Baseball was fully ingrained in the American cultural experience by the start of the 1930s. Much of this was due to the home run slugging of Babe Ruth, who drew fans to the game because of his ability to hit the long ball and because of his outsized personality. Baseball's grip on the American public would grow dramatically during the next 20 years.
For the first half of the 20th century, major league baseball had been a sport for white players only. African-Americans played baseball in the Negro Leagues, and many were brilliant athletes. But baseball history changed when the Brooklyn Dodgers signed Jackie Robinson. In 1947, Robinson integrated major league baseball. He endured racist behavior and attitudes from fans, opponents and teammates. Nevertheless, Robinson endured and thrived. He hit .297 and won the Rookie of the Year Award in 1947. His 10-year career earned him a spot in baseball's Hall of Fame. More importantly, Robinson paved the way for African-Americans and other minorities to enter the major league. He also played a key role in the civil rights movement, serving as a role model for anyone who wanted to break down social barriers.
The Yankees had established themselves as one of baseball's better teams in the 1920s when they won three World Series championships. However, they became baseball's best overall team in the 1930s and 1940s. They won the 1932 World Series by sweeping the Chicago Cubs in four straight games. That victory featured Babe Ruth famously calling his shot when he pointed to the center field bleachers at Wrigley Field before bashing a long home run and then laughing at the beleaguered Cubs as he circled the bases. The Yankees won four straight World Series titles between 1936 and 1939 and added four more World Series titles in the 1940s.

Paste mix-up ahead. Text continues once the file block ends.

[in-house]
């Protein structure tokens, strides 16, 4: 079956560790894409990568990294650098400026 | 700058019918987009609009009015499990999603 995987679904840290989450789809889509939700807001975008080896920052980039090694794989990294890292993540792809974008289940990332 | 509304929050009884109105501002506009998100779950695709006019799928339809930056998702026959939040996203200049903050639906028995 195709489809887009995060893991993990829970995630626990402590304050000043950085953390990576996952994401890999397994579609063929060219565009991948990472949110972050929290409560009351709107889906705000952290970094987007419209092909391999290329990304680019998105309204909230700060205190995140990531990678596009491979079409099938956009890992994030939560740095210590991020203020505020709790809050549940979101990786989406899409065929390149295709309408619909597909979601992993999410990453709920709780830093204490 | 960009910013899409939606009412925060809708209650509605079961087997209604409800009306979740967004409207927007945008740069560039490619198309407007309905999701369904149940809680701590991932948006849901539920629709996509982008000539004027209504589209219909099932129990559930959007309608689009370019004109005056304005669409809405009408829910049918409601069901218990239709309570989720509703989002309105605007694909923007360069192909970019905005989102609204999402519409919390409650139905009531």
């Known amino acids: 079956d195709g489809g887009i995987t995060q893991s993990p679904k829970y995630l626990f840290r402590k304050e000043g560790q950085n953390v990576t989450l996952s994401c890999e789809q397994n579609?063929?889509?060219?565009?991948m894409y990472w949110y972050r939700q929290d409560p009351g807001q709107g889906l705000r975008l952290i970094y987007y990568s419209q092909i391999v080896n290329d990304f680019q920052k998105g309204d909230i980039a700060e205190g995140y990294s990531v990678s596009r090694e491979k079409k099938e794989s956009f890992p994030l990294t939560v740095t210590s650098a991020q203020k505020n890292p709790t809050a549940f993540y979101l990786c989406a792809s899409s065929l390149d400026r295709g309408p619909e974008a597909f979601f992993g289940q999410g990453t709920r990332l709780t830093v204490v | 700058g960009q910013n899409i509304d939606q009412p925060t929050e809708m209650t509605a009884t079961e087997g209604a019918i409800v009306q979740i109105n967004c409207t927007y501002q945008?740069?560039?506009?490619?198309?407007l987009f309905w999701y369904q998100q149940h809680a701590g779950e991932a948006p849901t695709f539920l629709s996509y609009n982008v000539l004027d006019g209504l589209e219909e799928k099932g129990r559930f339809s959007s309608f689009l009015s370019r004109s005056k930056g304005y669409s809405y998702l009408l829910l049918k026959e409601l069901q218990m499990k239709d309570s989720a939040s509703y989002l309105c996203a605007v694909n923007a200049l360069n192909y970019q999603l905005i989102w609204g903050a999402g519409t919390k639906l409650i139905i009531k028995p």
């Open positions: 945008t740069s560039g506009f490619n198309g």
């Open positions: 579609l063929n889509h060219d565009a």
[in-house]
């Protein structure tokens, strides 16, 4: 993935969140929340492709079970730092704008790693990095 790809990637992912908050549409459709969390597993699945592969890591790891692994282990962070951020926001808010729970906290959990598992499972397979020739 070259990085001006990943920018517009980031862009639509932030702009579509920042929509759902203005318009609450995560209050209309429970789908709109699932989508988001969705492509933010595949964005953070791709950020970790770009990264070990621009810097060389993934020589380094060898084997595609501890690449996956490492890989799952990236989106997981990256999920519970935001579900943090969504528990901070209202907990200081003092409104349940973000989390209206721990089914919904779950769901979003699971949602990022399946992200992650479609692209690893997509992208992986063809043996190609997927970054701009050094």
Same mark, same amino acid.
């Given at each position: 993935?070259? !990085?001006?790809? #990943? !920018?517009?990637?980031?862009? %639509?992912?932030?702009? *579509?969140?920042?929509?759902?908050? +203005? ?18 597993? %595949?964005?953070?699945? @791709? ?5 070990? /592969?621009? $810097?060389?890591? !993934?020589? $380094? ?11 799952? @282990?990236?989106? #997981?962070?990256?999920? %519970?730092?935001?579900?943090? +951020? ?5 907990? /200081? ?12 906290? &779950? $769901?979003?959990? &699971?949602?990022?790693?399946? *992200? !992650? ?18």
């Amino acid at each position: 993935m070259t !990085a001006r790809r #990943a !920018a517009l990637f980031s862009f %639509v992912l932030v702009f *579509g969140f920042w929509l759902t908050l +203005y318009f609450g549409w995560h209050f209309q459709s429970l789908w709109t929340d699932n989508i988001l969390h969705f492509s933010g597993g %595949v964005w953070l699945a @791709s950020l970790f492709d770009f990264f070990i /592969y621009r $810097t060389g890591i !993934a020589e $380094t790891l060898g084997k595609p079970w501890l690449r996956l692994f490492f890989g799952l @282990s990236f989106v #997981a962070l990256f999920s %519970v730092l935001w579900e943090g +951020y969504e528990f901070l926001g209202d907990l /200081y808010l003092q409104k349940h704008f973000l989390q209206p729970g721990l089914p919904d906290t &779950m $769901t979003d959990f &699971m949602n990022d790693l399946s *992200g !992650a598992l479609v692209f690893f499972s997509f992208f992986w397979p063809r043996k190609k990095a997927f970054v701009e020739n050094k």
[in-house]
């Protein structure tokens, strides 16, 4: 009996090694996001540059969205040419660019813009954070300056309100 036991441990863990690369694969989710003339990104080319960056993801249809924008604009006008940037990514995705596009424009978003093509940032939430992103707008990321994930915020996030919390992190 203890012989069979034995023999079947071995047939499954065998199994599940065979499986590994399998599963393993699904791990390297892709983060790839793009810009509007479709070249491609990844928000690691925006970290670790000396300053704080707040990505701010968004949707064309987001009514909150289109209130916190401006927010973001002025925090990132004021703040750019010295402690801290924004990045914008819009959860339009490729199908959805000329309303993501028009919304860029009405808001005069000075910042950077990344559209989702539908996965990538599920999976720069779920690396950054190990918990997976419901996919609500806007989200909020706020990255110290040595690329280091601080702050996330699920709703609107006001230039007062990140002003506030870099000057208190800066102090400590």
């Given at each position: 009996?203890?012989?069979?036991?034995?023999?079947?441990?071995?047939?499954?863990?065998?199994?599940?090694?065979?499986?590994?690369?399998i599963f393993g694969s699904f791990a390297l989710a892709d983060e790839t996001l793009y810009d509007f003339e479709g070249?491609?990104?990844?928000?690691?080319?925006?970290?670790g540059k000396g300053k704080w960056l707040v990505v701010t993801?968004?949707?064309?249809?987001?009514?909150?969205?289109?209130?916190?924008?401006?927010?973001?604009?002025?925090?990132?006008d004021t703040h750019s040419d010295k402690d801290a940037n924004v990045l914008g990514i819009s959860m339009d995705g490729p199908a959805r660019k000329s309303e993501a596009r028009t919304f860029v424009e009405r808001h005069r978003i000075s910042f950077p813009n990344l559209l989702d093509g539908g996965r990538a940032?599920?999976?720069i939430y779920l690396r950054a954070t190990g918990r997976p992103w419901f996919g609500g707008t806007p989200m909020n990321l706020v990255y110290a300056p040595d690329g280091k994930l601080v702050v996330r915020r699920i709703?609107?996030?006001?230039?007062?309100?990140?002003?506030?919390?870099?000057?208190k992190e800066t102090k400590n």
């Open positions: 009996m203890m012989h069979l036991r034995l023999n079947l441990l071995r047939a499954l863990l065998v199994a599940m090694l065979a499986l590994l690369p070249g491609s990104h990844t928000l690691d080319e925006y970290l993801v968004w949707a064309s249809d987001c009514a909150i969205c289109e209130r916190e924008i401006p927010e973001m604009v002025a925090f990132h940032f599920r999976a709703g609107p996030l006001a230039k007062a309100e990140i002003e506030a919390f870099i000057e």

The All-Star game was first played in 1933 and was so successful that the annual game between the best players in the American and National Leagues has become known as the "Midsummer Classic." The first All-Star game was played in Chicago's Comiskey Park. The American League won 4-2 in a game that featured a Babe Ruth home run. The All-Star game would serve as the only meeting between players in both leagues besides the World Series until baseball began interleague play in 1997.
Baseball saw a generation of stars play in the 1930s and 1940s. Perhaps the two best of the era were Joe DiMaggio of the New York Yankees and Ted Williams of the Boston Red Sox. DiMaggio was a brilliant center fielder who was the game's best all-around player until Willie Mays started playing in the 1950s. Many historians regard Williams as the best hitter in baseball history. The National League featured stars such as Stan Musial of the St. Louis Cardinals, Mel Ott of the New York Giants and Gabby Hartnett of the Chicago Cubs.
Steve Silverman is an award-winning writer, covering sports since 1980. Silverman authored The Minnesota Vikings: The Good, The Bad and The Ugly and Who's Better, Who's Best in Football -- The Top 60 Players of All-Time, among others, and placed in the Pro Football Writers of America awards three times. Silverman holds a Master of Science in journalism from the Medill School of Journalism.